Tuesday, 8th December 2009

Warren Buffett Investment Lessons, part 4

Written by George Traganidas Topics: Stock Investing


Making the most of an existing strong business franchise is what usually produces exceptional economics. Managers need to protect their franchise, control costs, search for new products and markets that build on their existing strengths and do not get diverted. They need to work exceptionally hard at the details of the business. He advocates leaving management alone to do their job.

When a management with a reputation for brilliance tackles a business with a reputation for bad economics, it is the reputation of the business that remains intact.

Only do business with people that you like, trust and admire.

What a manager must do is handle the basics well and not get diverted. He must establish the right goals and never forget what he is set out to do. When managers make capital allocation decisions, it is vital that they act in ways that increases per-share intrinsic value.

A far more serious problem occurs when the management of a great company gets sidetracked and neglects its wonderful base business while purchasing other businesses that are so-so or worse. When that happens, the suffering of investors is often prolonged. All too often, we’ve seen value stagnate in the presence of hubris or of boredom that caused the attention of managers to wander.

It is both deceptive and dangerous for CEOs to predict growth rates for their companies.

Truly great businesses, earning huge returns on tangible assets, can’t for any extended period reinvest a large portion of their earnings internally at high rates of return.

Corporate Boards

Warren Buffett’s advice on selecting board members is that they should be business savvy, interested in the job and owner-oriented. They should have true ownership interest (that is, stock that they or their family have purchased not be given by the company or received via options).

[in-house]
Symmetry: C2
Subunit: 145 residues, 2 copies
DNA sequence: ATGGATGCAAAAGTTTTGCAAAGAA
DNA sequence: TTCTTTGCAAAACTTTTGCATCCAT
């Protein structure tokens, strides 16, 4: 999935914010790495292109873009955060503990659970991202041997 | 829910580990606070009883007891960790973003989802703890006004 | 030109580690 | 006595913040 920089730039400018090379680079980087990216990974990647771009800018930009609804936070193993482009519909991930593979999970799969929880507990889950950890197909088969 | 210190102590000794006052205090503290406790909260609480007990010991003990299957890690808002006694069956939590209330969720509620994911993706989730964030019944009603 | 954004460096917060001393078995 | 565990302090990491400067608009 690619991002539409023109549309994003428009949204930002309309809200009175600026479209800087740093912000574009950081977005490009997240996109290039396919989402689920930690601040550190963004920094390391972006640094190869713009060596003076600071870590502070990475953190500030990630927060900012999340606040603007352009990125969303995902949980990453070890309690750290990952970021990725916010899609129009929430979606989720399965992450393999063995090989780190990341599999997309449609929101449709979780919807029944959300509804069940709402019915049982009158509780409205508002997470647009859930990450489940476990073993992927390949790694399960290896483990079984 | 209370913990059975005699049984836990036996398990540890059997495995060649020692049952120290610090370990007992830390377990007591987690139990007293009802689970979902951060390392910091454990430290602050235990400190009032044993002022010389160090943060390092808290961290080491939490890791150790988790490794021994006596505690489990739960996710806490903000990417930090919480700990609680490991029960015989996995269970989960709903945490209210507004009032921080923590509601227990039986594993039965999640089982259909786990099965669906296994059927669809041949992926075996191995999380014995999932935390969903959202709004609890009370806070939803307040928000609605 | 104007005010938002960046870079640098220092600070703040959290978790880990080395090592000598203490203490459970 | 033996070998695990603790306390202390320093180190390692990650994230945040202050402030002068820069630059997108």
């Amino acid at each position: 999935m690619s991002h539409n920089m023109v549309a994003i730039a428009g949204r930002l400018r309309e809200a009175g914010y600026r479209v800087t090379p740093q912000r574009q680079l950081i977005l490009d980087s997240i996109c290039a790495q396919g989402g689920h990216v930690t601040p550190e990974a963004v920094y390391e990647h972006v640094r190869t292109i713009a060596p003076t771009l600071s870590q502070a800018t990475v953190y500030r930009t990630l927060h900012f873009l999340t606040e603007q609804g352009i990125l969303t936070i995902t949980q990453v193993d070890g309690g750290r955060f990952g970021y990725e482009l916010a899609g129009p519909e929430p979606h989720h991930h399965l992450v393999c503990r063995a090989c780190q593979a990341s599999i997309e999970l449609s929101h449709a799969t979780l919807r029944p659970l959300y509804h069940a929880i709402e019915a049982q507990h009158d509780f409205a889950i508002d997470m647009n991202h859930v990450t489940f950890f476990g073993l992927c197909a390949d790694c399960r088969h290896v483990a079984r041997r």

The director’s job is to faithfully represent owners.

Audit committees

The key job of the audit committee is simply to get the auditors to divulge what they know. In my opinion, audit committees can accomplish this goal by asking four questions of auditors, the answers to which should be recorded and reported to shareholders. These questions are:

1. If the auditor were solely responsible for preparation of the company’s financial statements, would they have in any way been prepared differently from the manner selected by management? This question should cover both material and nonmaterial differences. If the auditor would have done something differently, both management’s argument and the auditor’s response should be disclosed. The audit committee should then evaluate the facts.

2. If the auditor were an investor, would he have received – in plain English – the information essential to his understanding the company’s financial performance during the reporting period?

3. Is the company following the same internal audit procedure that would be followed if the auditor himself were CEO? If not, what are the differences and why?

4. Is the auditor aware of any actions – either accounting or operational – that have had the purpose and effect of moving revenues or expenses from one reporting period to another?

The questions we have enumerated should be asked at least a week before an earnings report is released to the public. That timing will allow differences between the auditors and management to be aired with the committee and resolved. If the timing is tighter – if an earnings release is imminent when the auditors and committee interact – the committee will feel pressure to rubberstamp the prepared figures. Haste is the enemy of accuracy.

Shareholder Responsibilities

Large shareholders of any corporation should focus on the following 3 questions:

  • Does the company have the right CEO
  • Is he/she overreaching in terms of compensation
  • Are proposed acquisitions more likely to create or destroy per-share value

Follow the practical way,

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